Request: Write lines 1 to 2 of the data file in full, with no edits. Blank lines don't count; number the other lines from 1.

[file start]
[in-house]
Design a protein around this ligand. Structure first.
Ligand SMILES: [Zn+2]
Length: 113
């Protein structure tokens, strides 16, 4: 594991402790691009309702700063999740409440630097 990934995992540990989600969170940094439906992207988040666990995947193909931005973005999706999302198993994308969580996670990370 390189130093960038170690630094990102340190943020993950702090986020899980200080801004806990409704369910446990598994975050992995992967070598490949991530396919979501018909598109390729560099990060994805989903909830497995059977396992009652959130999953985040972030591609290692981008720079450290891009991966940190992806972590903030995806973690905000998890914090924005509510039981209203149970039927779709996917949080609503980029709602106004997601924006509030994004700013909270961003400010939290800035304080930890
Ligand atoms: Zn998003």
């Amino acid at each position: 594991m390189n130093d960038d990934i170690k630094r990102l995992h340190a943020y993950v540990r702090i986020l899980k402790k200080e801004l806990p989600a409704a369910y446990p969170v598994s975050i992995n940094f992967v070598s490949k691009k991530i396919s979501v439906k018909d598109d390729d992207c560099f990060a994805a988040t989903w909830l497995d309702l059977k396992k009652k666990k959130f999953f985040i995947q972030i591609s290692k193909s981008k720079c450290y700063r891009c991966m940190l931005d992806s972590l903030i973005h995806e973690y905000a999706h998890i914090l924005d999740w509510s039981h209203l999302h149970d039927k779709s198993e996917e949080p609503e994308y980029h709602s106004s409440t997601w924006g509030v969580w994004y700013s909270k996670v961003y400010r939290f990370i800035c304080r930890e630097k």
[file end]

[in-house]
Design a protein around this ligand. Structure first.